Less is more for Kipchoge

Eliud Kipchoge owns the two fastest times in the marathon. He set the world record of 2hr 1min 39sec last year in Berlin and his winning time at Sunday's London Marathon was 2:02.37, which is No. 2 on the all-time list. PHOTO: REUTERS
Eliud Kipchoge owns the two fastest times in the marathon. He set the world record of 2hr 1min 39sec last year in Berlin and his winning time at Sunday's London Marathon was 2:02.37, which is No. 2 on the all-time list.PHOTO: REUTERS

Kenyan limits himself to 2 marathons a year, says success is down to meticulous planning

LONDON • Eliud Kipchoge is the world-record marathon holder, the Rio Olympics champion, the man who nearly became the first runner to go under two hours in a staged event in Italy in 2017, and now winner in 12 of the last 13 marathons in which he has competed in.

In fact, the last time he failed to cross the finishing tape in first place was back in 2013 in Berlin.

So how did arguably the greatest marathon runner of all time become so good?

No, it has nothing to do with his carbon-fibre plated Nike shoes that some sports scientists estimate have helped him by as much as four per cent.

To his critics, Kipchoge, fresh off his fourth London Marathon win on Sunday, has challenged them to wear the same shoes yet retain the same belief of one day "running under two hours".

What the 34-year-old Kenyan, who runs a maximum of two marathons in a year, will reveal is that a decent period of recuperation and preparation is essential.

He said: "All the team - the coaches, the medical staff - believe that if you run many marathons, then you can't run strong marathons.

"We prepare well, plan well, then run a beautiful marathon. Then come back, relax, prepare well and plan again.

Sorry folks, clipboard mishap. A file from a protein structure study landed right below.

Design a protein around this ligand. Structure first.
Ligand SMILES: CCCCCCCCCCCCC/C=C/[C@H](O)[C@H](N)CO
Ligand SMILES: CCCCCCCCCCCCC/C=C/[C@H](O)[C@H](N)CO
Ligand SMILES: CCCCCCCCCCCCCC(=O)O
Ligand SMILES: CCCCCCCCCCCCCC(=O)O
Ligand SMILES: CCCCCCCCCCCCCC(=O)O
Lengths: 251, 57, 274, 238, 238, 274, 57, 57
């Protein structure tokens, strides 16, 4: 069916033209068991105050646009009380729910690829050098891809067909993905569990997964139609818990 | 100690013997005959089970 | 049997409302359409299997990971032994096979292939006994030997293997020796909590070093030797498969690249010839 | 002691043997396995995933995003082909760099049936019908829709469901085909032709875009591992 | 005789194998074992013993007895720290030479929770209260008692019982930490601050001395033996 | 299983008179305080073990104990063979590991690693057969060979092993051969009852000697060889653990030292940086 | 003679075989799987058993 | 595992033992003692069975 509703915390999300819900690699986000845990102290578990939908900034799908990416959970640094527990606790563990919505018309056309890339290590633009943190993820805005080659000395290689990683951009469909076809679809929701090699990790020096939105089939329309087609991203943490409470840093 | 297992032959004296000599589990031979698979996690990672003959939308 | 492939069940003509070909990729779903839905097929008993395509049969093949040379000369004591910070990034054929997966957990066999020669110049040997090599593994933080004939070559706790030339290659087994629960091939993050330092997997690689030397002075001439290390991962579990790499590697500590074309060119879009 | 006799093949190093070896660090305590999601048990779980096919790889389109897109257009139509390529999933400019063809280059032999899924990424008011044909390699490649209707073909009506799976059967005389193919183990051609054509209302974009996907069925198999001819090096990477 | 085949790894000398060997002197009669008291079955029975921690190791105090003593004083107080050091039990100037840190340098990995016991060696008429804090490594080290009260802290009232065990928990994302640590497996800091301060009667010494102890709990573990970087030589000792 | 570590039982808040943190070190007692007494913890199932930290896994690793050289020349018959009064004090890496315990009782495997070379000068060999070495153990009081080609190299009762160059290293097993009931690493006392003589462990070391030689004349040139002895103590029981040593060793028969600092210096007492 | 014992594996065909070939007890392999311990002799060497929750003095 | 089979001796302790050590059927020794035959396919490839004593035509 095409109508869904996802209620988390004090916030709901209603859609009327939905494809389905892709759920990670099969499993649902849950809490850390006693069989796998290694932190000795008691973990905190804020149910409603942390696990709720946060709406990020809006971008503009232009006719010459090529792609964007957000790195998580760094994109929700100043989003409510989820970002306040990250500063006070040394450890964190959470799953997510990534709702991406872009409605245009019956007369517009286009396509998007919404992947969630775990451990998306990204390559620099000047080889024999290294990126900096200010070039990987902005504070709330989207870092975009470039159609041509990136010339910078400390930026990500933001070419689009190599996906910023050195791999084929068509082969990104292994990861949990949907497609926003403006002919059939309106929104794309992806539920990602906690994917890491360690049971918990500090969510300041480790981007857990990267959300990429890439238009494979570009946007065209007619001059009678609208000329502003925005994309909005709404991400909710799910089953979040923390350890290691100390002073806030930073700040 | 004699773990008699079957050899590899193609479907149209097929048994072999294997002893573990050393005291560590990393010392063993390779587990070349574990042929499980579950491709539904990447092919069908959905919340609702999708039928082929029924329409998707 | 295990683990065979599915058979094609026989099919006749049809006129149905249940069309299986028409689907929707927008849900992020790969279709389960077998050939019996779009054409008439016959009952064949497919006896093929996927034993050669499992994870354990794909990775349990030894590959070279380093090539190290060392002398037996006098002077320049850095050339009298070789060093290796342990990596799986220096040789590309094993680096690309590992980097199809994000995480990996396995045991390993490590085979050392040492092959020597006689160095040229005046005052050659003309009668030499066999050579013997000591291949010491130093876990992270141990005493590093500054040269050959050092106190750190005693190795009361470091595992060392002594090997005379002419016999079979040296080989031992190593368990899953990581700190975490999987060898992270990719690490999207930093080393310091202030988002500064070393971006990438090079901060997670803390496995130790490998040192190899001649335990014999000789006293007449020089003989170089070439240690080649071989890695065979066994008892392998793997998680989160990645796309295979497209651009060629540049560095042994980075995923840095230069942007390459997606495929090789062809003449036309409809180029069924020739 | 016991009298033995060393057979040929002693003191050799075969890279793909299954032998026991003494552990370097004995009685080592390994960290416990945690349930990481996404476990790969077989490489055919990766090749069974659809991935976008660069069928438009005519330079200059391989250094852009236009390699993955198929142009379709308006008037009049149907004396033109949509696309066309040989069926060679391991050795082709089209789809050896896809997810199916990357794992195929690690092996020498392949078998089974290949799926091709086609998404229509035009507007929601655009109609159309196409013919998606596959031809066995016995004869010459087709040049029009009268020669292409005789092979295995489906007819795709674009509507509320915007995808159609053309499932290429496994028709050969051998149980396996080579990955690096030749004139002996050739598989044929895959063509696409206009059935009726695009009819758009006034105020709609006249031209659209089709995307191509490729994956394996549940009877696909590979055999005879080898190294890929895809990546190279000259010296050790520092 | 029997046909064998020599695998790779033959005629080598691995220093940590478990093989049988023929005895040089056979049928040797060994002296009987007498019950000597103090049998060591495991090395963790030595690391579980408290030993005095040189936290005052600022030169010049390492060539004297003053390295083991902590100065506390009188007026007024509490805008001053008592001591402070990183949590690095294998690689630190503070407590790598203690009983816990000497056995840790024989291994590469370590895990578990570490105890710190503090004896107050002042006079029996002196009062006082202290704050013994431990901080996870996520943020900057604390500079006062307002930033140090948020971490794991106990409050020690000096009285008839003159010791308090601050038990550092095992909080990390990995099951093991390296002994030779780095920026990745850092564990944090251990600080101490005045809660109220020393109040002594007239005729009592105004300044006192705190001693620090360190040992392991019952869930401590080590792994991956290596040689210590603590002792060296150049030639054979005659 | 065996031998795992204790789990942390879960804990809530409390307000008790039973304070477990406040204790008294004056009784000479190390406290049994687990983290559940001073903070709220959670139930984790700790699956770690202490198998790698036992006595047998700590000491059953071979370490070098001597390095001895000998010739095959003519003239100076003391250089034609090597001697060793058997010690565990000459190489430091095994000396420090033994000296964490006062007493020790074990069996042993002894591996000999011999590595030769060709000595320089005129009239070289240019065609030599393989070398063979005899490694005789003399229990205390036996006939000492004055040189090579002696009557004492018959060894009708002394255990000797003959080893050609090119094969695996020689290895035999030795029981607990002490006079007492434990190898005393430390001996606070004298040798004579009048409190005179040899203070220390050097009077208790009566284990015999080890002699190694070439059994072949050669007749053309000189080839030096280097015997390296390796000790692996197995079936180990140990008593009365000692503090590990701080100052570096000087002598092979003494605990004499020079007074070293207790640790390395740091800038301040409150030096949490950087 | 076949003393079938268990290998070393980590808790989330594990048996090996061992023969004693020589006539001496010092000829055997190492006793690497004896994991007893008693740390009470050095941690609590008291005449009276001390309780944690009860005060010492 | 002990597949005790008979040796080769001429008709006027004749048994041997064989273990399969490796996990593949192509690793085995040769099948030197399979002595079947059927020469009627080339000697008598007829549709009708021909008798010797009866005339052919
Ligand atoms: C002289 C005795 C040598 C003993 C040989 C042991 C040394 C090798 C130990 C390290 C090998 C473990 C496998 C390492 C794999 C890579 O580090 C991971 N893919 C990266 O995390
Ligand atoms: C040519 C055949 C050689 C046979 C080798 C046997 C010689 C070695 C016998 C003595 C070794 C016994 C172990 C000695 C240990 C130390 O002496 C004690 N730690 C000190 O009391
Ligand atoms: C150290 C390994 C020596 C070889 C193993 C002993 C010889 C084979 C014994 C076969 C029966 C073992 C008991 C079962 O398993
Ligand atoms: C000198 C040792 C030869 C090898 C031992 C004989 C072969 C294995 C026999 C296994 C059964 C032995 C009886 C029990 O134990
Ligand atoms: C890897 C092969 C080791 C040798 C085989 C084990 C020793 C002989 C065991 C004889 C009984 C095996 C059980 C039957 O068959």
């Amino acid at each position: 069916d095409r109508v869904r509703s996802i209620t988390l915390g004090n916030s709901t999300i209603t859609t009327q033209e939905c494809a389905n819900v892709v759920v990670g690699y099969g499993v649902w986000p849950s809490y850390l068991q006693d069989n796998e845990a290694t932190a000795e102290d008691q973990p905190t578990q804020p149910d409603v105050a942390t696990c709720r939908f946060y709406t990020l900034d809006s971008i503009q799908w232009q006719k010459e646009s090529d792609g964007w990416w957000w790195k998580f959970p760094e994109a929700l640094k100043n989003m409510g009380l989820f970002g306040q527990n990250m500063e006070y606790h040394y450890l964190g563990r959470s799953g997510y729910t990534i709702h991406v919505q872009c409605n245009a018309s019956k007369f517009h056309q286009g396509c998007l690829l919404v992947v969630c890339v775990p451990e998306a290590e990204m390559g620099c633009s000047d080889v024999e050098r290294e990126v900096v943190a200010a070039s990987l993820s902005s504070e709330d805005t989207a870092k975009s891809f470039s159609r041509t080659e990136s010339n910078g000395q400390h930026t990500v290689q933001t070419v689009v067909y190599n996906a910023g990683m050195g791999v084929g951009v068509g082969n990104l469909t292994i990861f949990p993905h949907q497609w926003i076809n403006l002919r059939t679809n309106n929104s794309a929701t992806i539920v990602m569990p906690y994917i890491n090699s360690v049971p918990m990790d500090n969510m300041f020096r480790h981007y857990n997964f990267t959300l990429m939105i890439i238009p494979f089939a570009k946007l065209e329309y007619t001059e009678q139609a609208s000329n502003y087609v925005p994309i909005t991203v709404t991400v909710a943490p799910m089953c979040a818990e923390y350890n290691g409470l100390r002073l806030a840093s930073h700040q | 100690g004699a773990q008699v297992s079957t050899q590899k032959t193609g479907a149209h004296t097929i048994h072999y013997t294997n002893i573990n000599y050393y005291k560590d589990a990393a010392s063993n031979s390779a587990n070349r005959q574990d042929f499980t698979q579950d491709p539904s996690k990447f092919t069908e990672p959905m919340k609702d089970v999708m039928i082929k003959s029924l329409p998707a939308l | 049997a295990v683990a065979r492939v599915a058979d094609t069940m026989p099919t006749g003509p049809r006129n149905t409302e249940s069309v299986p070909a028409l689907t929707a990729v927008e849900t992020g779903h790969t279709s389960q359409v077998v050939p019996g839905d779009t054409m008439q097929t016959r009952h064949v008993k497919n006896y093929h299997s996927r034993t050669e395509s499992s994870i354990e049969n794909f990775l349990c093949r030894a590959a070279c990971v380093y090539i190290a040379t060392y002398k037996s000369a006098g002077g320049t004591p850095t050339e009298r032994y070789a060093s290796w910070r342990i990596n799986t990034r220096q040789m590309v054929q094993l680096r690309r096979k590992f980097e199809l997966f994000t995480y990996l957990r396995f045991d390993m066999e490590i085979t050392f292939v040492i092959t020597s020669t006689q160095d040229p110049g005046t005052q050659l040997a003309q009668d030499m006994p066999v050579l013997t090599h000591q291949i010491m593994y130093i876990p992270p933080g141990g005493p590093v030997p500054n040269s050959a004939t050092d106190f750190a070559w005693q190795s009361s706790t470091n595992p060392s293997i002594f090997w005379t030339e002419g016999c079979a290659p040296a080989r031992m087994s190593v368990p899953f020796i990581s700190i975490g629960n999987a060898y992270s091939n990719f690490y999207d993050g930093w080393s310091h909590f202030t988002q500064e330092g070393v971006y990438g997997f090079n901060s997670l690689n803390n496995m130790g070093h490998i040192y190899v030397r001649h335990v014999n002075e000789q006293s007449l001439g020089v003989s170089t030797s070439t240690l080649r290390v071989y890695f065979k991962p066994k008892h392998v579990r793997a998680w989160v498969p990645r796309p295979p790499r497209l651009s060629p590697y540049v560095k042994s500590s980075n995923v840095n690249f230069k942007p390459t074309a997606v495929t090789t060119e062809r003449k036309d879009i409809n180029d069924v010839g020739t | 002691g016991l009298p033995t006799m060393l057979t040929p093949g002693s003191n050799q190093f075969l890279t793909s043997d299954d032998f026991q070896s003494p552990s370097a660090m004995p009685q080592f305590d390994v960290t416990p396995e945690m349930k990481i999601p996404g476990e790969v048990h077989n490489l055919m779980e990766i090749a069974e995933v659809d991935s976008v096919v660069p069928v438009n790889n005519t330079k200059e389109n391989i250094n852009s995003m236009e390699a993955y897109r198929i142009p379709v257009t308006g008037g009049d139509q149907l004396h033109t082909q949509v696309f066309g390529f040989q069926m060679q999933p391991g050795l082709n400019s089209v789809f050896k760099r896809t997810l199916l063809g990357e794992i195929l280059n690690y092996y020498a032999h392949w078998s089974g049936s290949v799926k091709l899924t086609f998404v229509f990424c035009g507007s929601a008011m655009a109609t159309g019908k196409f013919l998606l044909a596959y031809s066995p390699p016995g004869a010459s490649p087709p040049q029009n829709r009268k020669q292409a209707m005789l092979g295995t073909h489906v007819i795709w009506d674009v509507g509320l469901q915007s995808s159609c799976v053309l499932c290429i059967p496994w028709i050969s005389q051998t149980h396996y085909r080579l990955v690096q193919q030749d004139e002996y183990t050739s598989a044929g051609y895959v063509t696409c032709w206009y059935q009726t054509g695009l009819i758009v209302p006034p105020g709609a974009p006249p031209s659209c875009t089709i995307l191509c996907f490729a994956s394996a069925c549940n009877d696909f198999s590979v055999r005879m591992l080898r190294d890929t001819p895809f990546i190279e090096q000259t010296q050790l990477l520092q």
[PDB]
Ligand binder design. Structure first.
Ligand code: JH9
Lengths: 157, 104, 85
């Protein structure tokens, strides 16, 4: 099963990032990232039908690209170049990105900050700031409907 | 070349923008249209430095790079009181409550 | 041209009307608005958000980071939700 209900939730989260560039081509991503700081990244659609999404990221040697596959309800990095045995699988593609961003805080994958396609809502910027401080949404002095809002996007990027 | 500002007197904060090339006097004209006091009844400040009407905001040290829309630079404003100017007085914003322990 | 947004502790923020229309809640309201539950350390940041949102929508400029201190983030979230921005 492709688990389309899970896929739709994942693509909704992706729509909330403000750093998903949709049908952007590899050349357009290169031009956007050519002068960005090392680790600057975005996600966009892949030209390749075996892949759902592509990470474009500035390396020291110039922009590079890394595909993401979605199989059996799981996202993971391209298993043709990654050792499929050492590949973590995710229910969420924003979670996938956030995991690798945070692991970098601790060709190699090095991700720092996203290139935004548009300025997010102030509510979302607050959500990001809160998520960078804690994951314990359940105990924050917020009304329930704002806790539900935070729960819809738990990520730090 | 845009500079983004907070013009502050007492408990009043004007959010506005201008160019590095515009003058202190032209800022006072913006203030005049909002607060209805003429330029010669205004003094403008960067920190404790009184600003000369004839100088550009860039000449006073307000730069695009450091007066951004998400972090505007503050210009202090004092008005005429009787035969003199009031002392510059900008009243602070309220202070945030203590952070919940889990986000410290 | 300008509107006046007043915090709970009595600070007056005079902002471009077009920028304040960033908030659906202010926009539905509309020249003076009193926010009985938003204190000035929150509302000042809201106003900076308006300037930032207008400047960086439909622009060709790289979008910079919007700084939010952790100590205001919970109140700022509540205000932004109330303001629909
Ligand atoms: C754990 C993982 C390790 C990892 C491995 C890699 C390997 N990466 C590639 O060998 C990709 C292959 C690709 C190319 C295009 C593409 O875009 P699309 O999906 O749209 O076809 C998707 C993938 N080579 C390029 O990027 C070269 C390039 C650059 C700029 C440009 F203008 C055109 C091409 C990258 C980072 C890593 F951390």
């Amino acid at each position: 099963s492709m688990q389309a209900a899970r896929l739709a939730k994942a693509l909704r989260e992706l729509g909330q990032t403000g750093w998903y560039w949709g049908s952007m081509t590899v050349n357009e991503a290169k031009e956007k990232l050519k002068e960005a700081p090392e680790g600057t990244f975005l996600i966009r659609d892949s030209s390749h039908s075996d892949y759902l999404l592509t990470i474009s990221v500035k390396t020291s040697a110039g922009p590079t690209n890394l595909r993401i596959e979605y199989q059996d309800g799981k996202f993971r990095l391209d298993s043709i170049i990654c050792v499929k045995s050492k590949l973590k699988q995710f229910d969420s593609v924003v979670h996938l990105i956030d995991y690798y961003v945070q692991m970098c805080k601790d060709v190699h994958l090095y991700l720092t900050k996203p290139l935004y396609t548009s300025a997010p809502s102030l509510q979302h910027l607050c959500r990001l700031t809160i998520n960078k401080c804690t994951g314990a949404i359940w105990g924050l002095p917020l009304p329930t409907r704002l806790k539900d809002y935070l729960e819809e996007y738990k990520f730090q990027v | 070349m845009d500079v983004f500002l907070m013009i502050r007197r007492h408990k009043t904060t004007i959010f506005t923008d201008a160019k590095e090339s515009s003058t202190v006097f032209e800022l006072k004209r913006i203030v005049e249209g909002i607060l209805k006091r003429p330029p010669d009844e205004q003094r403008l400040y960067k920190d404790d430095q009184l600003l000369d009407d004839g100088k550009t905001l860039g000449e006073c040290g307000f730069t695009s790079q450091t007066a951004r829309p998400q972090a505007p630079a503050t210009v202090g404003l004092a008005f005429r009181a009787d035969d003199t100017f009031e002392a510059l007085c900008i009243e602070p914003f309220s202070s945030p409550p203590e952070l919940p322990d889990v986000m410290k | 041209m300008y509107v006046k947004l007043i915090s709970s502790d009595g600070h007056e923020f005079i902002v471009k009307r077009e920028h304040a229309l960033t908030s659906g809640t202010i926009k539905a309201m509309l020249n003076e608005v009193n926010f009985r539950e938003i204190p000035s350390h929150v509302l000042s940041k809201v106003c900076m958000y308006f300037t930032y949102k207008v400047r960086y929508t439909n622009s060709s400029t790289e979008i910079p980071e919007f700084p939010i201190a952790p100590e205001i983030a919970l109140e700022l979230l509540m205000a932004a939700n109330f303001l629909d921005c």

"The training is intense. Those running five a year, I want to meet them and ask them to describe their training.

"It takes three, four months to make your mind cool and confident. You need to be ready in your head. To feel inspired.

"The mind drives the body. The body can't drive the mind. If the mind is tired, you are done and when you train, you hit the wall often."

His training base of Kaptagat near Kenya's Great Rift Valley is also key to his success as his attitude, like many of his countrymen, of "just getting on with it".

Marathon enthusiast Matthew Fox of Australia, who trained for a month with Kipchoge and his team in August 2017, said: "They were always ready to adjust. They did have a plan, a weekly structure... Kenyans' attitude to training is incredibly flexible."

Kipchoge runs about 200km a week at an altitude of 2,500m above sea level. His daily lifestyle is "incredibly simple" while his diet consists of fruits and vegetables.

Fox added: "He also drinks a lot of tea with a lot of sugar. Instead of protein shakes, he'd have two litres of tea. In his down time, he'll just relax and sleep... The lifestyle in Kenya is simple, he takes it to the extreme."

Kipchoge had started his career in the 5,000m. Aged 18, he won gold in the event at the 2003 World Championships in Paris and took the bronze and silver at the 2004 Athens and 2008 Beijing Olympics.

But it was switching to the marathon in 2013 that has been the making of him. As a runner's body gets older, it can tolerate longer distances, and appreciate less intensity, and Kipchoge has become the event's all-conquering figure.

THE GUARDIAN, THE TIMES, LONDON

A version of this article appeared in the print edition of The Straits Times on April 30, 2019, with the headline 'Less is more for Kipchoge'. Print Edition | Subscribe